In like a lion; out like a lamb.
That’s how March was in our region of British Columbia, Canada. Sunny shirt-sleeve days swapped out with bitter, windy, snowy days, but the warmer weather won more days than not.
In March, I raked our huge lawn and cut/dug dry weeds, mostly burdock, from last year. Being home on the farm this year should net me enough time to keep up with jobs like that better! We’ve also hauled (most of) a huge golden willow into the middle of an empty field where we can burn it later in the year. This tree used to lean over our shop and garden and was getting dangerous, so it had to go.
But most of my excitement in working outside is getting the garden going early. Jim built me two large garden beds, each 4′ wide and 12′ long, a year ago out of 2x12s. They cover less than 1/10 of our total garden space, but they will play/are playing an important role all the same. We expect to add 2 or 3 more beds, hopefully this year.
Even after 35 years of gardening in this same spot and having uncountable tons of old hay and rotted manure worked into it, the soil is still predominantly clay. This means if we get the equipment on it too early in the year, it compacts and hardens, becoming difficult to do anything at all with. Yet the garden is too large to dig by hand, so we’ve always had to wait until sometime in May to get the tractor and rotovator in. This meant we rarely got early crops, such as peas, radishes, and lettuce in as early as the weather allowed.
These two beds represent a defined area we can hand-dig for early crops. They are filled with about half garden dirt and half rotted manure. We also dug in a few buckets of sand to help loosen the soil further. They’re full of earthworms, a sign of a healthy organic soil.
Near the second raised bed is the patch we’d planted with carrots last year. Yes, I harvested carrots last fall, but apparently I didn’t do that great a job! We dug up another 20-30 carrots the other day, still crisp and sweet. Yum!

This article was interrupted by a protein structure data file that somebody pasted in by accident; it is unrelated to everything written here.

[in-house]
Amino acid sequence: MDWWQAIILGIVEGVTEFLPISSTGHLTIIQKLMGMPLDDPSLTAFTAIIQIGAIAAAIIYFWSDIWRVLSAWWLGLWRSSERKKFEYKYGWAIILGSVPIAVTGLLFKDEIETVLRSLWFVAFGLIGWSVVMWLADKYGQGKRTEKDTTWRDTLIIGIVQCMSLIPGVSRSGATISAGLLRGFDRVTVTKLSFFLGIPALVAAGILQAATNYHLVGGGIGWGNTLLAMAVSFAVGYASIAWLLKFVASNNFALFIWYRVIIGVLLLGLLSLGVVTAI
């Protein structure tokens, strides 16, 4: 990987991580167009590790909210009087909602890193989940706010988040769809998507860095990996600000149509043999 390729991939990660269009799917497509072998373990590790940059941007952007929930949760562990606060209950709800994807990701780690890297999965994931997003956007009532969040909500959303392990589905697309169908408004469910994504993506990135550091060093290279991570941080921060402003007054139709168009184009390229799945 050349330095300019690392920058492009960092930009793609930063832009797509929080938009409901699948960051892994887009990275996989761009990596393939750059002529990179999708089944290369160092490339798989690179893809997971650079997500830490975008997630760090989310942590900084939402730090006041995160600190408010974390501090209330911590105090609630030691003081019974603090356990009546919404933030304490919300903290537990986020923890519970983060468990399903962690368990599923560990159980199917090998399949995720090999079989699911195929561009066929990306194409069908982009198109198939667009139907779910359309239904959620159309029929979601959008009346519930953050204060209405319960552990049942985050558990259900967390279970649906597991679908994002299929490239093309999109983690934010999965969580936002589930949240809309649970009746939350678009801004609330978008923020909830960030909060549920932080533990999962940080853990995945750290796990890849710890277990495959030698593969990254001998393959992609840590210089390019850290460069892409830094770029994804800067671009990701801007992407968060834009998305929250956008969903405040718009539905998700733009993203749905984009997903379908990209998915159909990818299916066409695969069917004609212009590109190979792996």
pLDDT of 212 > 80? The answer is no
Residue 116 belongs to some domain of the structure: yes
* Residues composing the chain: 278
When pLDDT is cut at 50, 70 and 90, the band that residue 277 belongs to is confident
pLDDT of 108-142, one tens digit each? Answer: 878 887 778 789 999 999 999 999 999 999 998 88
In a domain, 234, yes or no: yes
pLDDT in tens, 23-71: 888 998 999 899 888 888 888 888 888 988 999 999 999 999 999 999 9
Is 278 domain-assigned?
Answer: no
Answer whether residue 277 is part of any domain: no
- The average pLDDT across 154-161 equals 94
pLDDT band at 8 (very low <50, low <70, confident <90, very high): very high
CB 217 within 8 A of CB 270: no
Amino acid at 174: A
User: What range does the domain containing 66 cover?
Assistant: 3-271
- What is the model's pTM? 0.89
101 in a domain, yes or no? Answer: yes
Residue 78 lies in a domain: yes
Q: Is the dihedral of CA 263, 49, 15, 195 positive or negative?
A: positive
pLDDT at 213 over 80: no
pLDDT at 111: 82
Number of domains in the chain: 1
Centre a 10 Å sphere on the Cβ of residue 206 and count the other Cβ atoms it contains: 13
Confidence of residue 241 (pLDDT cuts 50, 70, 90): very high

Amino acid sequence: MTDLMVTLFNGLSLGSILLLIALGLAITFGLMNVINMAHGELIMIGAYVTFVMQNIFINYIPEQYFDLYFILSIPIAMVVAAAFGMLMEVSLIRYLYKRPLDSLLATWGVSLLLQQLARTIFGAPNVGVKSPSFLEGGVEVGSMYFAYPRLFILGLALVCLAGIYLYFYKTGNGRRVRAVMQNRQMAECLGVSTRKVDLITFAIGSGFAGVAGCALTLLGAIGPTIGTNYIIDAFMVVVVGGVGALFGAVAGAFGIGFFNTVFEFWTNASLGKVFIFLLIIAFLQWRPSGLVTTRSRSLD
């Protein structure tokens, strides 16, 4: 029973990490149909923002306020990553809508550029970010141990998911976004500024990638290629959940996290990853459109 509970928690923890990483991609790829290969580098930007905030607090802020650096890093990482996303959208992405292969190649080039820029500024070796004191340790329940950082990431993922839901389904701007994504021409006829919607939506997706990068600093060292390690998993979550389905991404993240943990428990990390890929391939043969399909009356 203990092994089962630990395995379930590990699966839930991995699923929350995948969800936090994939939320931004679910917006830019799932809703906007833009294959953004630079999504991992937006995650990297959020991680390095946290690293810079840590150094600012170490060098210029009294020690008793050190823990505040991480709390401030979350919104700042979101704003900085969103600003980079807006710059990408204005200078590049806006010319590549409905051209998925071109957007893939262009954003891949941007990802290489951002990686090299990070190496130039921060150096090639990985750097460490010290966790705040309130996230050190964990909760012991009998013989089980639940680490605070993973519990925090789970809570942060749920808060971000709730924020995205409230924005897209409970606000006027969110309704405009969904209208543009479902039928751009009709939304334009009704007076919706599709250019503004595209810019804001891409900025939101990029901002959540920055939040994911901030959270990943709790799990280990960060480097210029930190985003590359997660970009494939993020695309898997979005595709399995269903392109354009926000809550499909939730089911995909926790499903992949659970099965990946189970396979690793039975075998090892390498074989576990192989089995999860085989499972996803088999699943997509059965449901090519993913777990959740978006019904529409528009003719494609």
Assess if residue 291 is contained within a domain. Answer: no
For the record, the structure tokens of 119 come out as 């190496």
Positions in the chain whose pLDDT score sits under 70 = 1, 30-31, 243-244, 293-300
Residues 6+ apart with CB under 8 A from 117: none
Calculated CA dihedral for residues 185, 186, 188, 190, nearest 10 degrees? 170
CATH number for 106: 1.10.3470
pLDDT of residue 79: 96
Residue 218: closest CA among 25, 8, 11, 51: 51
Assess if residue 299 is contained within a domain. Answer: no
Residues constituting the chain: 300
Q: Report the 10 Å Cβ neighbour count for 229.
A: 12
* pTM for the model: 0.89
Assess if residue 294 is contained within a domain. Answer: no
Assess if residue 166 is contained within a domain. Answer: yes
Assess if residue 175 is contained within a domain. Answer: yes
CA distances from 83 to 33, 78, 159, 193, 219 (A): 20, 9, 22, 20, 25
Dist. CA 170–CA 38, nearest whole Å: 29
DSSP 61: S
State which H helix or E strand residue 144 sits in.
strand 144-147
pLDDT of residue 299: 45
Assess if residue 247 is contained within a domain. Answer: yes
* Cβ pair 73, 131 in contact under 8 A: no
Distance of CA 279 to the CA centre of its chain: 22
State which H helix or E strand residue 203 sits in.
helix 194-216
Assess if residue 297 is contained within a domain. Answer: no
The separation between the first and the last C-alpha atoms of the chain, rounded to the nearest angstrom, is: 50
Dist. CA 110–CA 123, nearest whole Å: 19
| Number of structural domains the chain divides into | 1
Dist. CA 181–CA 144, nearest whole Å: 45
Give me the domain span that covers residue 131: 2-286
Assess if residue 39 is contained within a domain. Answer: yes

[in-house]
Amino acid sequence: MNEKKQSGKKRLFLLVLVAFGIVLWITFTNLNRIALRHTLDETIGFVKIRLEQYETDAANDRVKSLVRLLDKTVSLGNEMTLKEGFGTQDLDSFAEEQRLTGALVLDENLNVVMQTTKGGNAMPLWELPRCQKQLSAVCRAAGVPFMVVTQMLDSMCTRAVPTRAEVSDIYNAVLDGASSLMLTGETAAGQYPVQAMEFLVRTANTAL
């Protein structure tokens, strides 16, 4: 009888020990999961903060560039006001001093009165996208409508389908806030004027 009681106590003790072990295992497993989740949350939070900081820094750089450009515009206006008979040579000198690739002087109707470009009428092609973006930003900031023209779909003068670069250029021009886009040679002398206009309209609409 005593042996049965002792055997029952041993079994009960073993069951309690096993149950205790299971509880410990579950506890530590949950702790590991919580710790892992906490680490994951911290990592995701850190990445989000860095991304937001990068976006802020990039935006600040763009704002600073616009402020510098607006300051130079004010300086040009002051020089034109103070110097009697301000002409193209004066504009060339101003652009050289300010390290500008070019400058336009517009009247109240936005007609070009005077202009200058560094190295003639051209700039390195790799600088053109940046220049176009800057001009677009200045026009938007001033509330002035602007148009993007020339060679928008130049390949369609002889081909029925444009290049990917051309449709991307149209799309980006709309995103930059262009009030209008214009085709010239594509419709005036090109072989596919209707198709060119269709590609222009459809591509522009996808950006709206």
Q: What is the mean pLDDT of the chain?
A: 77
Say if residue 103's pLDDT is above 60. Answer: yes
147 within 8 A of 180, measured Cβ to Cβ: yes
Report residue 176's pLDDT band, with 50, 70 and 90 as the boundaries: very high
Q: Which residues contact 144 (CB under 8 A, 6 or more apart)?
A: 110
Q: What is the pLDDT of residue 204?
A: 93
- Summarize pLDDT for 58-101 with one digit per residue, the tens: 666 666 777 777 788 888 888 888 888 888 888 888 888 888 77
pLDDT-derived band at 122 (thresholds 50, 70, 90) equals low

I’ve transplanted last year’s garlic plants, now several inches tall, into one of the garden beds where I can take better care of them. In the next week or so we’ll be planting the peas, lettuce, radishes, and kale into the remaining bed areas.
Raspberries need pruning. The rhubarb is 6″ tall. The flower and herb beds need a good weeding (and evaluation). Baby chicks are on order, while last year’s hens enjoy running free on the farm–thankfully laying most of their eggs in the chicken coop. Last fall’s semi-feral kittens hang around the front door like a bunch of teenagers who’ve grown up on welfare, waiting for a handout while mice multiply. Maybe it’s time to cut them off the dry cat food?
Oh, it’s a glorious spring! The siren song of outdoors is strong these days, working in the yard, hanging laundry on the line, going for walks down our country road, while the littlest granddaughter hangs around in her “play yard” nearby. It’s a joy having her and her parents on the farm. We also had a couple of brief visits from her two cousins during March. Good Friday Brunch was enjoyed by all!
What was March like in your part of the world? What outdoor tasks did you take care of? What are you looking forward to completing in April?
Holly Michael says
After a snowy March, I’m ready to do some gardening too. Thanks for the pictures and post. I’m so excited that it’s getting warmer!
Valerie Comer says
Me, too! Last year at this time our snow was just melting. April and May were still cold and wet. And June, come to think of it… Loving being outside!